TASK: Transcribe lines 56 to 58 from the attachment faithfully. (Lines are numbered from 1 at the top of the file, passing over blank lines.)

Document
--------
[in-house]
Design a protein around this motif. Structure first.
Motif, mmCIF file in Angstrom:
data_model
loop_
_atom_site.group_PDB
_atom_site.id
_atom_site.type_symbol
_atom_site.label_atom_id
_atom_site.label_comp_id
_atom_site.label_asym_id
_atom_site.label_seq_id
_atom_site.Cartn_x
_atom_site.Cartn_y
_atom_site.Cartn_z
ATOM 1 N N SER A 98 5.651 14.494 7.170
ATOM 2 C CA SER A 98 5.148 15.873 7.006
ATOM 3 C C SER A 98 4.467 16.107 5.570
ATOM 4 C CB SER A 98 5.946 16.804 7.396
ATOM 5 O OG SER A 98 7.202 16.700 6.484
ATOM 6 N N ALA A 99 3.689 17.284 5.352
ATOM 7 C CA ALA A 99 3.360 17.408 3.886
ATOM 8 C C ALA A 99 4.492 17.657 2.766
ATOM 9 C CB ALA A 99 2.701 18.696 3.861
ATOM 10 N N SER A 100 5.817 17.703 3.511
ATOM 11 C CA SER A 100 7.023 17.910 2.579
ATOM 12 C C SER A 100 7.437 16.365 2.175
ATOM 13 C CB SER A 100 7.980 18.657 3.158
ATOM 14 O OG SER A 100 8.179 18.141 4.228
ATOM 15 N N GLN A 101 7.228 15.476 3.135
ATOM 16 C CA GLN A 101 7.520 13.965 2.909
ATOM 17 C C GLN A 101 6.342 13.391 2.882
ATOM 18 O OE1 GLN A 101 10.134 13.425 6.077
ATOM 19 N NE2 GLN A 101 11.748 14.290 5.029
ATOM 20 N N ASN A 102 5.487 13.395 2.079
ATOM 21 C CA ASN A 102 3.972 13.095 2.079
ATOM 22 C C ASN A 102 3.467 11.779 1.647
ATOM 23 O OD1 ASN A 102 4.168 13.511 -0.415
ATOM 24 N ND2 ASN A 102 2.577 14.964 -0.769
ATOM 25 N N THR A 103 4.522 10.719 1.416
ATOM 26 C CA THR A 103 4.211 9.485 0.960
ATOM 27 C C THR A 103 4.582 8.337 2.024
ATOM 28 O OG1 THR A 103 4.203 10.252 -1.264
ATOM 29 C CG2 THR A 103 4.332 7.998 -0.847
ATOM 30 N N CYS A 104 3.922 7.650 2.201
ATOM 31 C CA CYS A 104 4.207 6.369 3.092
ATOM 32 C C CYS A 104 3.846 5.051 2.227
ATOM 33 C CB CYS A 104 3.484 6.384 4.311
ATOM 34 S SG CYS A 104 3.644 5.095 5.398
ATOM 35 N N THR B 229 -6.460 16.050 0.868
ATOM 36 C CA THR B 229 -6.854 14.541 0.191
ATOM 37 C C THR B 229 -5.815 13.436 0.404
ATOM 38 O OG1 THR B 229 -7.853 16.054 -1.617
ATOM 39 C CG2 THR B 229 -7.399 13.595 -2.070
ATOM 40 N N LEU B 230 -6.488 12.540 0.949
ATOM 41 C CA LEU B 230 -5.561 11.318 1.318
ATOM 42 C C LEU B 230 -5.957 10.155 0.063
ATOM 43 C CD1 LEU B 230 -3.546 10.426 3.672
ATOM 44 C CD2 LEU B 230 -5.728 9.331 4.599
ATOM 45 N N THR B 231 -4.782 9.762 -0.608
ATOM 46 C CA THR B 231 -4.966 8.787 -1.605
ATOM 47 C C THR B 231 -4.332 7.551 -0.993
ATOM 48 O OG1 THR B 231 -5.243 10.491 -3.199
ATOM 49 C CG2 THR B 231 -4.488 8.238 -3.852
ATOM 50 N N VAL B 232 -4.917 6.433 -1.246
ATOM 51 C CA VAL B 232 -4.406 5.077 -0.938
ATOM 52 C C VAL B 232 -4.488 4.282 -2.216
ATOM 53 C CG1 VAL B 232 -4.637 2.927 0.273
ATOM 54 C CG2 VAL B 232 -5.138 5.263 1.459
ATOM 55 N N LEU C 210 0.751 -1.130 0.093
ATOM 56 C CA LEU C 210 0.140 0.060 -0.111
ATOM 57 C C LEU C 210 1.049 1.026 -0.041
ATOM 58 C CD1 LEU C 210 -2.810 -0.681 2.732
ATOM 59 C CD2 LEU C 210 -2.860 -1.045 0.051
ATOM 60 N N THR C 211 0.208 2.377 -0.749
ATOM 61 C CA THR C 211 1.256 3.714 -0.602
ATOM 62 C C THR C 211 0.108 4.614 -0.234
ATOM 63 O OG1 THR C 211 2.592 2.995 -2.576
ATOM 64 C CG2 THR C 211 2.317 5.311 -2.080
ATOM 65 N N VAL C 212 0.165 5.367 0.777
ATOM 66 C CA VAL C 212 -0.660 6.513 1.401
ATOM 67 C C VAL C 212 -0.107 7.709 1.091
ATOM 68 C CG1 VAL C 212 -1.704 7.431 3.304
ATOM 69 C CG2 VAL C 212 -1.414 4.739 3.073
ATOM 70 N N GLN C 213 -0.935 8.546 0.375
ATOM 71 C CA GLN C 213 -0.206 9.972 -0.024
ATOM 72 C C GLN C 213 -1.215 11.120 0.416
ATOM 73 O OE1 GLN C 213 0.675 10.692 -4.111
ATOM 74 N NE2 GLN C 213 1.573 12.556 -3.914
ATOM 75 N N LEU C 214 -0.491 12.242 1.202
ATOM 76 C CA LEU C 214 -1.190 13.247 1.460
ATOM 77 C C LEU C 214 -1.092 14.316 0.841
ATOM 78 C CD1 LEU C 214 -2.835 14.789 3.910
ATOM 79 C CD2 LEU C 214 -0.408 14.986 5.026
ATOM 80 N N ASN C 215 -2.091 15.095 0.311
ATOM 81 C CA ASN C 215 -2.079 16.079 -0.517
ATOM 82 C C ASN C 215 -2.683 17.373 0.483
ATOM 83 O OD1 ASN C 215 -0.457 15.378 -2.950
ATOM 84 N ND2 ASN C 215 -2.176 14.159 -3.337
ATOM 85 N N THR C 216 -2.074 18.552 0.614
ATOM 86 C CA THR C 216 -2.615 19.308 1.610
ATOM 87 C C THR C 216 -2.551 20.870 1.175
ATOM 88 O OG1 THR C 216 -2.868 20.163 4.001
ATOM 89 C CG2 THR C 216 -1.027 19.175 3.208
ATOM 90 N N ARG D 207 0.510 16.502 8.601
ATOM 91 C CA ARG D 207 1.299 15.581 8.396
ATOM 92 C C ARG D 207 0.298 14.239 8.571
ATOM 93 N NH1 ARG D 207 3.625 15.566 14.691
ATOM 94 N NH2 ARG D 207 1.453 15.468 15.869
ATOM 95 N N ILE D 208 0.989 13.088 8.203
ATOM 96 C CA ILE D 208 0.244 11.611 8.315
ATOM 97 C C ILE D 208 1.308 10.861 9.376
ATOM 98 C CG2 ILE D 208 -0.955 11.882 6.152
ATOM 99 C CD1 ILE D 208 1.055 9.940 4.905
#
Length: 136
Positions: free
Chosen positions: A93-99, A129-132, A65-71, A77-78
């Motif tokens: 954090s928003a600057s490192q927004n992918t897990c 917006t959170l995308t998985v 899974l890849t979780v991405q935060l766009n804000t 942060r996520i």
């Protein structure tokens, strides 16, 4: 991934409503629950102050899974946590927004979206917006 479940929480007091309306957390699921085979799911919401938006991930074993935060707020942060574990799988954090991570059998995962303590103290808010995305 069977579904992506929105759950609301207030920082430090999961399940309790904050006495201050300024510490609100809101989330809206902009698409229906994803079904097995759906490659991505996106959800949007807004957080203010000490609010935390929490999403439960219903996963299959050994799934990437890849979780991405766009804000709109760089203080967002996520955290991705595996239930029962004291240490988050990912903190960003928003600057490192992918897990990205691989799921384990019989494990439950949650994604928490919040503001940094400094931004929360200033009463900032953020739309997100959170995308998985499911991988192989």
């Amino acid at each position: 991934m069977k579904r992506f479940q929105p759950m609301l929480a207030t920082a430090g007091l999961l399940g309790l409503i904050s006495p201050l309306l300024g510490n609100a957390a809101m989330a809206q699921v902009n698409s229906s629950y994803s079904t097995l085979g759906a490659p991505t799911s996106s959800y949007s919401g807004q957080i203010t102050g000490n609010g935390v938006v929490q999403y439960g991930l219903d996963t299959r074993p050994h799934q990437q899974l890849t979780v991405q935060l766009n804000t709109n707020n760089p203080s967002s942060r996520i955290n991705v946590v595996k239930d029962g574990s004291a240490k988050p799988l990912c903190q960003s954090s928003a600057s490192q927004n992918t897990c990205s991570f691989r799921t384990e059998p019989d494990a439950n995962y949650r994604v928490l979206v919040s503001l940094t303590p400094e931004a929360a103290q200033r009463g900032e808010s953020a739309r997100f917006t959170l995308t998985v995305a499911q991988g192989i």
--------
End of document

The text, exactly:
ATOM 41 C CA LEU B 230 -5.561 11.318 1.318
ATOM 42 C C LEU B 230 -5.957 10.155 0.063
ATOM 43 C CD1 LEU B 230 -3.546 10.426 3.672